1860, and new discoveries were made in 1862, giving additional stimulus to the industry. In 1865, by the utilization of appliances for removing gold from low grades of ore, the mines became extremely lucrative. The average yield per ton for thirty-three years was thirteen dollars, and it was estimated in 1895 that Nova Scotia had produced gold to the value of $11,500,000. In the province of Quebec, gold was first discovered in 1847. Prof. Hardman made an examination in that province in 1895, when, after running a tunnel six hundred feet long, he struck the bed of an old river, and in three weeks removed enough gold to pay the entire expense of his operations. There was, consequently, feverish excitement in the province.
Mr. W. Baxter, Jr., writing in Cassier's Magazine, gives the total amount of capital invested in electric lighting in the United States as $500,000,000, and the number of plants, public and private, as more than 10,000. About 500,000 motors are in use, and they are valued at $100,000,000. The electrical apparatus used in mining is estimated to be worth $100,000,000. The value of the electric elevator industry is supposed to be about $15,000,000. The electric railways are believed to represent a capital of more than $700,000,000, and the aggregate of capital invested in electric railways and lighting, exclusive of the value of the establishments that manufacture the machinery and apparatus, is about $1,500,000,000.
A new railway between the Russian Asiatic towns of Nertchinsk and Vladivostock, crossing Manchuria to unite the two branches of the Trans-Siberian Railway, is to be constructed with French capital and by French engineers, under the control and with the guarantee of the Russian Government—to be, nevertheless, a Chinese line, administered by Chinese.
A Swiss society of popular traditions has been formed at Zurich for the collection of anthropological and ethnological notes relative to the several cantons, documents on the manners, dwellings, costumes, festivals, working tools, musical instruments, industrial arts, family celebrations, religious solemnities, weather lore, popular literature, games, names of places and persons, and other items in folklore. A special review will be published, to embody the results of the inquiries made under the society's auspices.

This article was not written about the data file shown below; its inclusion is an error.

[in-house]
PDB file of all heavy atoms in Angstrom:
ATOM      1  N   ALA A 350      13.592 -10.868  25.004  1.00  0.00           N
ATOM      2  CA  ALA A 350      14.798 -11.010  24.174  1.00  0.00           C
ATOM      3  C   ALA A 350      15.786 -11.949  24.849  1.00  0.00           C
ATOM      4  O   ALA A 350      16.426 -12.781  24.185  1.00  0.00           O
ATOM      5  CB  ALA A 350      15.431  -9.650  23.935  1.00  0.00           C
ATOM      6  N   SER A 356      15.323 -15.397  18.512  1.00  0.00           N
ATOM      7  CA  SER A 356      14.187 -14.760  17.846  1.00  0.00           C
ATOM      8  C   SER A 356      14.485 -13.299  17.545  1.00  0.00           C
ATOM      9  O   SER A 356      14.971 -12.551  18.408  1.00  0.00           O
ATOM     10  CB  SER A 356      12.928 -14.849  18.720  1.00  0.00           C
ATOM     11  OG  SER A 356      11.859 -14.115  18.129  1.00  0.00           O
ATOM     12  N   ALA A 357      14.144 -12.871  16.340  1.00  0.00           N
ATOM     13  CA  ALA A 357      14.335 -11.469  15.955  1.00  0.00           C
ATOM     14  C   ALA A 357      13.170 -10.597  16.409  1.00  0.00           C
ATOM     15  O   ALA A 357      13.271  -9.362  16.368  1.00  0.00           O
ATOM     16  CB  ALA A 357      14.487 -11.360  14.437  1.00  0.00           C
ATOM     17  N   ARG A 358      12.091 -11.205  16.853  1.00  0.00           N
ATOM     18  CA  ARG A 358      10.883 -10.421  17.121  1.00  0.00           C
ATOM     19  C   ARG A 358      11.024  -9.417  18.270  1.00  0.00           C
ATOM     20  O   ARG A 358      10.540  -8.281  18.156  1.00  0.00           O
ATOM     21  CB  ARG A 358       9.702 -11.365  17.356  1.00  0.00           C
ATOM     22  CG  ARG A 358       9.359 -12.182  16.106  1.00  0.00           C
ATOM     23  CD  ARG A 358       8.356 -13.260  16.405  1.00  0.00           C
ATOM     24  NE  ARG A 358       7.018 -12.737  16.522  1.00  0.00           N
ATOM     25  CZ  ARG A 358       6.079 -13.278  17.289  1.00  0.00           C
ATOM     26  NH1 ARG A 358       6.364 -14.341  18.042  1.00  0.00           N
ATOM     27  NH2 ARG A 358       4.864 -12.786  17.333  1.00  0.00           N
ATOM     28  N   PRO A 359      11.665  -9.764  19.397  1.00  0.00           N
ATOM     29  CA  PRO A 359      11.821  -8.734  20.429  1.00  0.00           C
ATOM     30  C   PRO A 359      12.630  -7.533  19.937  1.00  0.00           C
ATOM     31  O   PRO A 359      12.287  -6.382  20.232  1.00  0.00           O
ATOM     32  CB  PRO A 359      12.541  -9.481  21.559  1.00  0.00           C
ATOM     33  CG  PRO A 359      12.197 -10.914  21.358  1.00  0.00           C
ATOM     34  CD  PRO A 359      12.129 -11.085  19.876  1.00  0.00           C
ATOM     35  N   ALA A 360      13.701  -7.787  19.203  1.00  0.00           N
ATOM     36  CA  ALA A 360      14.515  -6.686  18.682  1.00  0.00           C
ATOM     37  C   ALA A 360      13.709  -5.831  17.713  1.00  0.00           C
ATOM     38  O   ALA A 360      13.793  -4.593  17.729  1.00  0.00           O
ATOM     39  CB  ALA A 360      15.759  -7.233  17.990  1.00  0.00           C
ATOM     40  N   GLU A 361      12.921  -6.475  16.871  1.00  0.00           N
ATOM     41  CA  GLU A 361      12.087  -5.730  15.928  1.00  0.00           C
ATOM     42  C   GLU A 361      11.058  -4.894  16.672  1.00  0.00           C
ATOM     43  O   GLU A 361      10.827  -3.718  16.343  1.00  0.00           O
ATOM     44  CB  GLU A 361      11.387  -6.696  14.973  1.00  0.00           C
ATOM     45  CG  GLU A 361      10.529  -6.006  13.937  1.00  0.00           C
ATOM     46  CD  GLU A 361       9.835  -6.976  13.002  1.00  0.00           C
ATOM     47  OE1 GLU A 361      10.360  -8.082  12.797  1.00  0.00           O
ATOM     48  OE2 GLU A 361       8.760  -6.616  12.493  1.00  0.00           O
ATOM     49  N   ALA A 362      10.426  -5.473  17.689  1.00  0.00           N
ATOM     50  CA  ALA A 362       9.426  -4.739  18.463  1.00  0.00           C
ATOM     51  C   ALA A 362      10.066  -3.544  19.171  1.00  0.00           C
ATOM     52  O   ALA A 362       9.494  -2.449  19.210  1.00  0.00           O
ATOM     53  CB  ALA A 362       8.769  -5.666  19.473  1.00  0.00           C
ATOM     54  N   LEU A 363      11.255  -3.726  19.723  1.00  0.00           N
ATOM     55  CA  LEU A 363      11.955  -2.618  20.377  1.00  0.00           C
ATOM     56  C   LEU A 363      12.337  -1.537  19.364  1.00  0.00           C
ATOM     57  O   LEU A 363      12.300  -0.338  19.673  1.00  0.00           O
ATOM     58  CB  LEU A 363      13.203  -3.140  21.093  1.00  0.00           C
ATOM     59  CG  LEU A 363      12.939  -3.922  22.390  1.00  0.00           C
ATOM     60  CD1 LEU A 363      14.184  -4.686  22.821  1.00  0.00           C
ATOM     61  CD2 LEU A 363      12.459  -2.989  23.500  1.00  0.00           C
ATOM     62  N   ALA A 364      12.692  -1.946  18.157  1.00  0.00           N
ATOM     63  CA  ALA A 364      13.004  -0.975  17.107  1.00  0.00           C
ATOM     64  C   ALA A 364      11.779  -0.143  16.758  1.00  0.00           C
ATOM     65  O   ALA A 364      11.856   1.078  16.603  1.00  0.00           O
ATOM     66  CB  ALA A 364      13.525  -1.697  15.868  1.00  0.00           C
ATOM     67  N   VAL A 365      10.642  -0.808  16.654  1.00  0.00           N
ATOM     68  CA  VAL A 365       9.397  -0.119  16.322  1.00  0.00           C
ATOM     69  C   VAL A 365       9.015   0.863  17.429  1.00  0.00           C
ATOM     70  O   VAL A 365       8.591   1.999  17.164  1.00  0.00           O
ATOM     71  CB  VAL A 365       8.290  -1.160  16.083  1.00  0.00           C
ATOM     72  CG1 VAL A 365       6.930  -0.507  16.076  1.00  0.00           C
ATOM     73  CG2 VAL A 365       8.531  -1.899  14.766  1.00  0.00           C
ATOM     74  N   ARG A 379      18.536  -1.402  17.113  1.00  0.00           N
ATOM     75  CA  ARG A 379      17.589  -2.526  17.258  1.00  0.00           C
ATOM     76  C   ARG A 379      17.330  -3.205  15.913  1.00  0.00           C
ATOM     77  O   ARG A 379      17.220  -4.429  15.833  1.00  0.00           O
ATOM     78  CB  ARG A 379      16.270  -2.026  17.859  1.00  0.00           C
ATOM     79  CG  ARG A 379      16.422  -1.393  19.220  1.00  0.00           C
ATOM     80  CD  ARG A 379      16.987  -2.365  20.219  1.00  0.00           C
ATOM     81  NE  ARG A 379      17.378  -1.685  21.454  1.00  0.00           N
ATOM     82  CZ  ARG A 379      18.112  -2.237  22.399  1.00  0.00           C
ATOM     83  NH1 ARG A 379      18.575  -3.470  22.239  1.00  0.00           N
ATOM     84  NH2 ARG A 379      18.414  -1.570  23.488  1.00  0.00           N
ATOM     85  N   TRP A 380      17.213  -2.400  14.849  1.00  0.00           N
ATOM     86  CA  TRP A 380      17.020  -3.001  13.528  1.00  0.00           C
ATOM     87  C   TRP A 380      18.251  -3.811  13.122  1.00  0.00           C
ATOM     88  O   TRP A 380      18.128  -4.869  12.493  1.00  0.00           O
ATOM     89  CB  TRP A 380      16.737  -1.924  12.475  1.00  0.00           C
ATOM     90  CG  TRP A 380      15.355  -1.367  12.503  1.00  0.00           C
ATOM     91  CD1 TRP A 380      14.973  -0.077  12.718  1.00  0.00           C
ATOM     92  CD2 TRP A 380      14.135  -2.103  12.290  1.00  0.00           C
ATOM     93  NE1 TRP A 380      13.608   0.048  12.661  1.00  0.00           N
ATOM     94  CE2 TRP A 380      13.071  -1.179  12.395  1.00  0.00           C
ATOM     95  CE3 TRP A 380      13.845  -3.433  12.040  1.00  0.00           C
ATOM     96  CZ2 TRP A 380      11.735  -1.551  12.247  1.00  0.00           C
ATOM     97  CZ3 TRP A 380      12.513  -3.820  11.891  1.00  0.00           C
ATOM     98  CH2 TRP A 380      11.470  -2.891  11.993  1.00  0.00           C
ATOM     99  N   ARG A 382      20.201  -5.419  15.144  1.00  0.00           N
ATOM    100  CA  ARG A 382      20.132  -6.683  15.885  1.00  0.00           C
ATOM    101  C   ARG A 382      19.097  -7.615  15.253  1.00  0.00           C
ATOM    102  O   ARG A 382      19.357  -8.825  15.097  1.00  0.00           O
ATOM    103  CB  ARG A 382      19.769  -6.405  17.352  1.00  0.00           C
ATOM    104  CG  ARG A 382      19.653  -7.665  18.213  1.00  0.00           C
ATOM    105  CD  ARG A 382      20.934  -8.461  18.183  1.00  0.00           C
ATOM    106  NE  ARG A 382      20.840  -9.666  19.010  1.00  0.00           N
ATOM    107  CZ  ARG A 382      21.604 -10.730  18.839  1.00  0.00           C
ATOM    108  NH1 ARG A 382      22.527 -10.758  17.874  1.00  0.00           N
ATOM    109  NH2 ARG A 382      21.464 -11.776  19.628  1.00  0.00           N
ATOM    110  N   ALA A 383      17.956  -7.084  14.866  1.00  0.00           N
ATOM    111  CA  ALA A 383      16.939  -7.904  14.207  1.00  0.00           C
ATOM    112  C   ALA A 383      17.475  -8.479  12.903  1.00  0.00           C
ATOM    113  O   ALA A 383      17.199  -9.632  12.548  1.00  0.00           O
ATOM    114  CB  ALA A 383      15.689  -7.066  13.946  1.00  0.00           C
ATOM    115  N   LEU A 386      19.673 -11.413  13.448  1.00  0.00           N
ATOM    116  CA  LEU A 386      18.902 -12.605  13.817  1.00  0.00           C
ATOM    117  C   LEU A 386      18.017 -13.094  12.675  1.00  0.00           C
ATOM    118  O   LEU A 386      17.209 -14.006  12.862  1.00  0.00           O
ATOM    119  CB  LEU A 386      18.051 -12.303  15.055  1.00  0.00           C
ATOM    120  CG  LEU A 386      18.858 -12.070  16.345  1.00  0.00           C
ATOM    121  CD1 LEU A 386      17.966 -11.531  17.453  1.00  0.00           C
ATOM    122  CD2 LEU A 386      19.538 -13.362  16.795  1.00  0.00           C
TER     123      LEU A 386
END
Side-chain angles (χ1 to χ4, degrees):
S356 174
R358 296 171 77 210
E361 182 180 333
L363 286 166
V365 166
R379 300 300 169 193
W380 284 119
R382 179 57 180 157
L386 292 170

Mr. H. Harries has shown, in the Royal Meteorological Society, that hail and thunderstorms are not, as has been supposed, extremely rare in the arctic regions. He has examined one hundred logs of vessels which have visited those quarters, and seventy-five of them gave records of hail having been encountered at some time or other. Thunderstorms were not so frequently mentioned as hail, but they were observed in seven months out of the twelve, most frequently in August.
Leo Brenner, of the Manora Observatory, Istria, has acknowledged a gift of $1,650 from Miss Catherine W. Bruce, of New York, for the use of the observatory and additions to its equipment. Herr Brenner is engaged in the study of Mars, and reports the discovery of several interesting features, including twenty new canals, "very broad, and consequently probably double," and a new "oasis" or "lake."
An American locomotive works is in course of erection at Nijni Novgorod, Russia, to have capacity for turning out one hundred and fifty locomotives a year, and employ about one thousand men.
Proof regarded by him as abundantly satisfactory has been collected by Mr. N. T. Bonner, of Cincinnati, from study of Pompeiian boilers, that the principle of the watertube boiler was fully understood and appreciated by the people of Pompeii two thousand years ago. The Pompeiian boilers, being used principally for heating water and wine, the shells and covers were only such as would offer a slight resistance to the escape of the steam.
Formalin, a solution of formic aldehyde, has been recommended to the London Entomological Society as a preventive of mold. An object once sprayed with it never becomes moldy afterward. It is much used in the color industry, and is therefore produced on a large scale.
Besides the common early belief in spirits of the forest, sea, and mountain usually needing propitiation, Mr. Henry Ling Roth finds among the natives of Sarawak and British North Borneo a conception of a well-disposed beneficent Petara. A system of omens exists for the regulation of life, and with it is combined a sort of worship of the birds with whose movements the omens are associated. The medicine men or medicine women pretend to extract disease in the form of bits of stick or stones, and rags are hung on bushes by the roadside to turn away or carry off disease. Cairns are built up by passersby, each adding a stone, and tabu prevails, as in the Pacific Islands.
Messrs. Petermann and Graftian, of the Belgian Academy of Sciences, find that hoarfrost is peculiarly rich in nitrogenous compounds, and therefore plays an important part in increasing nitrogenous matter in the forest and in purifying the air.